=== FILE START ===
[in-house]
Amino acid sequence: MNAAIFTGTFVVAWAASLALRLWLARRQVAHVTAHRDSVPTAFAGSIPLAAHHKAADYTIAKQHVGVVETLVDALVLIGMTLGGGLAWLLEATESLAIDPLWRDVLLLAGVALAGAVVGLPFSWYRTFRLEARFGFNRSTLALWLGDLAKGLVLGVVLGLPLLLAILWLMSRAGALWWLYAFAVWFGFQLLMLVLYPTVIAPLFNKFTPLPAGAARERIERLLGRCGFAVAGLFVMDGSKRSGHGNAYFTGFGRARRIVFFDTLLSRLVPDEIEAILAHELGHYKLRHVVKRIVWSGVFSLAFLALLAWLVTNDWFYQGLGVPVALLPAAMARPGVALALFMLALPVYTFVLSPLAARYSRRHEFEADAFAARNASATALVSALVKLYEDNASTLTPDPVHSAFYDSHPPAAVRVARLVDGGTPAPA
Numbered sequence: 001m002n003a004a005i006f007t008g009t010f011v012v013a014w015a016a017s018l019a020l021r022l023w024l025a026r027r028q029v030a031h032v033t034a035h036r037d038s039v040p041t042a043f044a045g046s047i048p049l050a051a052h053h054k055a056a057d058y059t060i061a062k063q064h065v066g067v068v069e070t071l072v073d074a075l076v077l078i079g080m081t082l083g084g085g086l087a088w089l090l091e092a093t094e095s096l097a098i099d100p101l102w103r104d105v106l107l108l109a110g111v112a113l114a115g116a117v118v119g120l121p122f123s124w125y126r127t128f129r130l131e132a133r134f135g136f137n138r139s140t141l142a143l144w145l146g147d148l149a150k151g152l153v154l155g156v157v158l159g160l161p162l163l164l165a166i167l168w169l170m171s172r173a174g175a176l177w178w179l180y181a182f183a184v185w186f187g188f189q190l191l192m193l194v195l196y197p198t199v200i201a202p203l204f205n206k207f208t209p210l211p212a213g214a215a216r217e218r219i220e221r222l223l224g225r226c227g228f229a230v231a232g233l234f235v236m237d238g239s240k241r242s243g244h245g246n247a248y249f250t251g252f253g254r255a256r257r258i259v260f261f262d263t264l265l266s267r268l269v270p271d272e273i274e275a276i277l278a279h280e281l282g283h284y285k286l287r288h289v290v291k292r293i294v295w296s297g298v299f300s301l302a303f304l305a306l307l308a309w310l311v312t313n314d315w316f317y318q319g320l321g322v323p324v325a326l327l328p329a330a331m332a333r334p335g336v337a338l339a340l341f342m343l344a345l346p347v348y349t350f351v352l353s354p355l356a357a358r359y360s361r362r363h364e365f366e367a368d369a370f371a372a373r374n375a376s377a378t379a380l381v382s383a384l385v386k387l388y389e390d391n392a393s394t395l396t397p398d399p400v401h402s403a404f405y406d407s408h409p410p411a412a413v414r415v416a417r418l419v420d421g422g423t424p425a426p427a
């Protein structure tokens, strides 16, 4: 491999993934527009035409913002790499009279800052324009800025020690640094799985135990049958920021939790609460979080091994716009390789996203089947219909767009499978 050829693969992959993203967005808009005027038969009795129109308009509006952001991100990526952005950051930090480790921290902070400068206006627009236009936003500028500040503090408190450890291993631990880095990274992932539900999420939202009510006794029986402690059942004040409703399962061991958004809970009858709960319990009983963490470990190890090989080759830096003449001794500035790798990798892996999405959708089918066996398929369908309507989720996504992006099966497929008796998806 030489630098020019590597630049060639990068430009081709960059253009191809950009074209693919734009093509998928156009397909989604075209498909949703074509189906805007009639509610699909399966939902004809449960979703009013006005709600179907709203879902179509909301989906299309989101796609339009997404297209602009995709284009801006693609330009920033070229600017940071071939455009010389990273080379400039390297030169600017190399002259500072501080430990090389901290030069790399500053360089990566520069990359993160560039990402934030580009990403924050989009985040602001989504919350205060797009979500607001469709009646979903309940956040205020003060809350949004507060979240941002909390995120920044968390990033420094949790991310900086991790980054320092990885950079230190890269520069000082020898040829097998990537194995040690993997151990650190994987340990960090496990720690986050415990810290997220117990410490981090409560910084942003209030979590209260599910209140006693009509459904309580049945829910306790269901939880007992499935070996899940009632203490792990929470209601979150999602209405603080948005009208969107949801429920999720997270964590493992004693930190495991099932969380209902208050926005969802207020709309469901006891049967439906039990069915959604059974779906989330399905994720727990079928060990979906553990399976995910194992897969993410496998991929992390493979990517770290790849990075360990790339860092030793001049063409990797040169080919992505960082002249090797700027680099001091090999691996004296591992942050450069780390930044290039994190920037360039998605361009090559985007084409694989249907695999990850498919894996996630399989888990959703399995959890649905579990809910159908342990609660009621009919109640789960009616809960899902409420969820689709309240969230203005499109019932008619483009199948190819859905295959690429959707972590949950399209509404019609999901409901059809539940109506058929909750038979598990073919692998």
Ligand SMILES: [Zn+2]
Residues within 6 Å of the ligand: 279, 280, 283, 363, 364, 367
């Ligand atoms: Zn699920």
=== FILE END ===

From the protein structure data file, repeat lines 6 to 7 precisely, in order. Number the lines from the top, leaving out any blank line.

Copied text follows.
Residues within 6 Å of the ligand: 279, 280, 283, 363, 364, 367
């Ligand atoms: Zn699920």